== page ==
Adriana Pratt | Tuesday, February 1, 2011
There’s only so much you can learn from a textbook — of which you’ll probably remember nothing — so why waste your time? The most useful lessons I’ve learned in life have been from my parents. In lieu of the upcoming Junior Parents Weekend, I figured I would pay them homage and relay some of their best advice.
1.”You Create Your Own Reality” — Dad
Admittedly, my Dad is one of those guys who thrives on self-help books and sends my family quotes of the day motivating us to do big things. Underneath all that cheesiness though, there really is some quality advice. One thing my dad has always emphasized is that if we want something, we should go for it. We determine our own happiness and at the end of the day, we answer first and foremost to ourselves. If something’s wrong, change it. If you can’t, change your attitude.
2.”You can’t always write the ending you want” — Mom
Though you do create your own reality, sometimes the situation that surrounds you isn’t exactly what you would plan for yourself. While we are in control of our own actions, we have to realize everyone makes their own decisions and accept that. When life doesn’t go your way, move on. It’s okay to be hurt, but there’s no need to prolong or indulge in the pain.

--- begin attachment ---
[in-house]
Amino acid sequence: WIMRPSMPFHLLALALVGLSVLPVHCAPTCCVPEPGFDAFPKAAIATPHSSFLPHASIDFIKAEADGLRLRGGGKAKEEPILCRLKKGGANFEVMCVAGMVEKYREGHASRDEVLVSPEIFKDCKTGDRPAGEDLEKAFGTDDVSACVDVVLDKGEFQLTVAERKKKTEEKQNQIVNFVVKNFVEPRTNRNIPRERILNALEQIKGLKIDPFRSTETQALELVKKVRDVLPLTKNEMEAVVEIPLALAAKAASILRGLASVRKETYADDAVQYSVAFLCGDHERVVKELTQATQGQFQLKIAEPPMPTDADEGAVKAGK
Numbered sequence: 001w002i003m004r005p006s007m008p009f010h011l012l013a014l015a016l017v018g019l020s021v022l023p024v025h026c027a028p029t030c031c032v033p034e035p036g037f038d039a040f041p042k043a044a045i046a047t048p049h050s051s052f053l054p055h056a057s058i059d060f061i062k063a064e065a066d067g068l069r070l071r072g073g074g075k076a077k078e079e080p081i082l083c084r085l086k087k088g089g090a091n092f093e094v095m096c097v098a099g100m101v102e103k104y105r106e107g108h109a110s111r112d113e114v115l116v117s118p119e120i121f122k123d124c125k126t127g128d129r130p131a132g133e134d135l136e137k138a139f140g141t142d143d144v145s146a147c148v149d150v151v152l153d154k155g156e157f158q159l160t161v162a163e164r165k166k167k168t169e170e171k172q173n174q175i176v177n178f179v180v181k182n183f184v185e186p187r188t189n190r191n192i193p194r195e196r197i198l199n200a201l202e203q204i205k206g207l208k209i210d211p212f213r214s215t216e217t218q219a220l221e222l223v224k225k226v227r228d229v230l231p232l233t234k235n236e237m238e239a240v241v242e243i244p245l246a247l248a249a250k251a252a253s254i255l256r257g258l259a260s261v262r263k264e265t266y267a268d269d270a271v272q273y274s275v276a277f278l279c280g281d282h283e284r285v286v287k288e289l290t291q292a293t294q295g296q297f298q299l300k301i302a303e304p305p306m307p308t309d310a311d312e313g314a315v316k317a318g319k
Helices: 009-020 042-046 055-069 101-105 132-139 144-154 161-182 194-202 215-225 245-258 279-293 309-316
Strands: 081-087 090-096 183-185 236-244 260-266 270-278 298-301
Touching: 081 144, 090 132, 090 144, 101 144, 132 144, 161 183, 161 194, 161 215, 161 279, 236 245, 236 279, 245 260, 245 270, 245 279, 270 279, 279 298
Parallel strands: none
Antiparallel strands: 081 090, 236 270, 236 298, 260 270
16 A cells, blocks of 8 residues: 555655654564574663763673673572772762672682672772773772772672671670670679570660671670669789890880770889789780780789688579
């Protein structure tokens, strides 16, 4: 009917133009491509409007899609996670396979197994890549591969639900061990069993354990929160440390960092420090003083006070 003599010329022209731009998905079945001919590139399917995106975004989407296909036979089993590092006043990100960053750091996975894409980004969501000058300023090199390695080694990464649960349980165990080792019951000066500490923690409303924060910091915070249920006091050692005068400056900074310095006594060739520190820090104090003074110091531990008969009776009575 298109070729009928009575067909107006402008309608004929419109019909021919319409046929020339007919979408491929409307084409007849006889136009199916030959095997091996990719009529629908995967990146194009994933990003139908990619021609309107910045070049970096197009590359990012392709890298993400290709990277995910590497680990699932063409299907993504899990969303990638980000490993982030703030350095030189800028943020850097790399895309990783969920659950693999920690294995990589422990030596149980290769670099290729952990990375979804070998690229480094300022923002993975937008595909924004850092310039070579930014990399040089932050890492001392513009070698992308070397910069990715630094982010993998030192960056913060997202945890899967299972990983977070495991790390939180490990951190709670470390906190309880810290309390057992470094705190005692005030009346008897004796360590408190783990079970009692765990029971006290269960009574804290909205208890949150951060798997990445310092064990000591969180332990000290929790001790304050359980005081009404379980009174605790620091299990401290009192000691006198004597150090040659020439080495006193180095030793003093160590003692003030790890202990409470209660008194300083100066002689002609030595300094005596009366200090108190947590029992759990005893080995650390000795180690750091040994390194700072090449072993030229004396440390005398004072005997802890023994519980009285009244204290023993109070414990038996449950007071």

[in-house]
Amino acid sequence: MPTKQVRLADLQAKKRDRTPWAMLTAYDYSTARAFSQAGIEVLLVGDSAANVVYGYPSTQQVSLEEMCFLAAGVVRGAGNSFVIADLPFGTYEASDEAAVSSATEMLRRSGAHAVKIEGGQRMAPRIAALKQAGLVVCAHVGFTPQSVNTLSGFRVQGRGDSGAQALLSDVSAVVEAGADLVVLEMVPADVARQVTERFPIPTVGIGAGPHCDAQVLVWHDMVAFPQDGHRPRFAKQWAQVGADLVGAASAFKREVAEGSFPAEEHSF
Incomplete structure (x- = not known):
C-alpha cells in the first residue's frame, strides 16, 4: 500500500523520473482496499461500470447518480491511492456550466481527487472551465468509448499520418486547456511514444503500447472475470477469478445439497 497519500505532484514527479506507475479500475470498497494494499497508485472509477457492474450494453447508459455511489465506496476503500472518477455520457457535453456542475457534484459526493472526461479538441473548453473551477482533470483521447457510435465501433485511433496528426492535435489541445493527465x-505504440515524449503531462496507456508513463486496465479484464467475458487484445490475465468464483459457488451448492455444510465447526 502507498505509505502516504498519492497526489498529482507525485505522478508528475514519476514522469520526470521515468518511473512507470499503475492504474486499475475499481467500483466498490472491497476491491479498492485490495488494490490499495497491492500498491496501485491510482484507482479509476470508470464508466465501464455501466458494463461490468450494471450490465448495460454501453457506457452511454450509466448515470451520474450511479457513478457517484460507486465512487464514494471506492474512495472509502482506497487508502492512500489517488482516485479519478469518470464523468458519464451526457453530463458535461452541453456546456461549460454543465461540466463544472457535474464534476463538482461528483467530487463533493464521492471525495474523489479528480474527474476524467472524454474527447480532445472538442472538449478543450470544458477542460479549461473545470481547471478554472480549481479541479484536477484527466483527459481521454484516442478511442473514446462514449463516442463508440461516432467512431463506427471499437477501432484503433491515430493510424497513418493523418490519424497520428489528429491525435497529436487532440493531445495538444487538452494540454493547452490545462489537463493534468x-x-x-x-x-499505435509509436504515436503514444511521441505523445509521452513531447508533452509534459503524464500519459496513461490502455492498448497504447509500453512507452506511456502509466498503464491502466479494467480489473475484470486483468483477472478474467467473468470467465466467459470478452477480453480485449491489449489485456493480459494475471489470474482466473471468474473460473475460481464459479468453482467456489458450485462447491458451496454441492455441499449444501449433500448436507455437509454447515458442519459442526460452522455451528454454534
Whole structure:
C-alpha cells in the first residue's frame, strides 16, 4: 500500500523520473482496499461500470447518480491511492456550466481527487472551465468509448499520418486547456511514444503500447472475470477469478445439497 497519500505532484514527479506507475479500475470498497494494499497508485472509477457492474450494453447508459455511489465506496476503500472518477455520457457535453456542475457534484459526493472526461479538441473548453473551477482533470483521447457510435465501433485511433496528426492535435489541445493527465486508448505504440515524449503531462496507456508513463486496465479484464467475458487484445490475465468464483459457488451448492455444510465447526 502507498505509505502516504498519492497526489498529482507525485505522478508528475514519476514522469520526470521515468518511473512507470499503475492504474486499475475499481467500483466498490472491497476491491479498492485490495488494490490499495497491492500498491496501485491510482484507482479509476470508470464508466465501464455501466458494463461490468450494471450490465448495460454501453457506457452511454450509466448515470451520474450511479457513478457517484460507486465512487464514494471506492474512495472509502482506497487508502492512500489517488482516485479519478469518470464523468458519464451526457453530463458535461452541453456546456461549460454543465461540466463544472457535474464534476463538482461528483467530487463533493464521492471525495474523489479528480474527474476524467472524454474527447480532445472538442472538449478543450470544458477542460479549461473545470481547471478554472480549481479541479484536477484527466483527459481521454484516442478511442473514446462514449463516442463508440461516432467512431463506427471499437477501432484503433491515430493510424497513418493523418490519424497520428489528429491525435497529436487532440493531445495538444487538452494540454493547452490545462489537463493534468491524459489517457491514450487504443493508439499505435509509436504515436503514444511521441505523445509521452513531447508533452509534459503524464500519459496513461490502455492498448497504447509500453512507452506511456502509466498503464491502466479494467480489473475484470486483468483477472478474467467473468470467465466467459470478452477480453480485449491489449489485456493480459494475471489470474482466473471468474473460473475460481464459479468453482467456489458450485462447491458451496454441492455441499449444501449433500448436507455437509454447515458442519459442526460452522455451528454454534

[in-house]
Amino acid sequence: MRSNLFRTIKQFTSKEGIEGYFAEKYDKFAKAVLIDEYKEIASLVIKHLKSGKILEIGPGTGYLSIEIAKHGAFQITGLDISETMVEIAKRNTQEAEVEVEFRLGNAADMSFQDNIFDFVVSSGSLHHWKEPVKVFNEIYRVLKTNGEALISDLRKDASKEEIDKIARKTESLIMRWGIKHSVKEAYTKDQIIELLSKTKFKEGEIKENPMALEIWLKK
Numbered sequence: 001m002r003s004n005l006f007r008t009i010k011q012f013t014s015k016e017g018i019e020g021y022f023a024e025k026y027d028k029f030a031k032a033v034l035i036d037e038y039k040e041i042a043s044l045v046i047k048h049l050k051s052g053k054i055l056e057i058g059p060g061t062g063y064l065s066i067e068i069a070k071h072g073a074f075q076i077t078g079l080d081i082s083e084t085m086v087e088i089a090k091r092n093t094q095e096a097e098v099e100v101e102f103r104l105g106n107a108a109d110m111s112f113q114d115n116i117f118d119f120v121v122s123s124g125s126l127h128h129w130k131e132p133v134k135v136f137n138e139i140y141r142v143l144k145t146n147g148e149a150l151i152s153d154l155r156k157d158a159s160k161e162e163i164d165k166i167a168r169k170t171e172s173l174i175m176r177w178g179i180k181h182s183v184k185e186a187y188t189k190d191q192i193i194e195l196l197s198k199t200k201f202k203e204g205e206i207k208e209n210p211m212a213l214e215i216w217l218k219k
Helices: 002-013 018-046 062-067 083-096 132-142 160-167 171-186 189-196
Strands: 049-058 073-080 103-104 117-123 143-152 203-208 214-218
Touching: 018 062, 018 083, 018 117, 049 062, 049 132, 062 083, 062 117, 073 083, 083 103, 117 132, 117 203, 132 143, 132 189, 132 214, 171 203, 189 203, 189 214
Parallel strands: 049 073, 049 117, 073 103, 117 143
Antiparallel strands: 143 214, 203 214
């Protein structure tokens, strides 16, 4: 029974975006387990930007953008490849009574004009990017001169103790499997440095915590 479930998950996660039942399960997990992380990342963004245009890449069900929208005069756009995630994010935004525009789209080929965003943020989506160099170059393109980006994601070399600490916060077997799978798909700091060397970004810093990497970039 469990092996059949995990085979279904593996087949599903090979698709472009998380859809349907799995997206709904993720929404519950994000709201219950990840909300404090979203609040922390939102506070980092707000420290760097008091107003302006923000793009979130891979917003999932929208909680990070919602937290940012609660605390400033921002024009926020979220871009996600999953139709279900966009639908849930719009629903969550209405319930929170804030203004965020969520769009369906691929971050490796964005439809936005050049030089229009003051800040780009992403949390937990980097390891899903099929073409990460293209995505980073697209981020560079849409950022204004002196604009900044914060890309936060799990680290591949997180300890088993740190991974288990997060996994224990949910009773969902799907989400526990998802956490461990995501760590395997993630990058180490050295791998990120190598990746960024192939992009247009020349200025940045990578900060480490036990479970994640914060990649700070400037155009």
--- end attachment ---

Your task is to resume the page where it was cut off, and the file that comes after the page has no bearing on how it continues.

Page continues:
3.”Always have a PMA — Positive Mental Attitude” — Dad
As Mom said, you can’t always write the ending to certain chapters of your life, but as Dad said, you can control the protagonist’s attitude. Life can get difficult, but it’s important to remember that it’s usually just a phase. For every bad day, there is a whole series of good ones. A positive attitude not only makes you feel better, but it also helps you make better decisions. And with those better decisions, you might just get that ending you want.
4.”Kill them with kindness” — Mom
In fifth grade, I had a Hermione Granger complex and was proud when people made the comparison- and mind you, this was before Emma Watson was hot. One teacher got irritated with me and my enthusiasm for learning was shattered.
I discussed the event with my Mom and instead of deriding me for being an annoying know-it-all, she gave me an important piece of advice I still use today. When someone is mean to you, kill them with kindness.
Sometimes you make mistakes or hurt people’s feelings or get on the nerves of those around you, however unintentional it might be. Throw them a compliment and not only will you feel better about how you handled the situation, but you might just make their day- and simultaneously confuse the heck out of them.
The views expressed in the Inside Column are those of the author and not necessarily those of The Observer.
Contact Adriana Pratt at firstname.lastname@example.org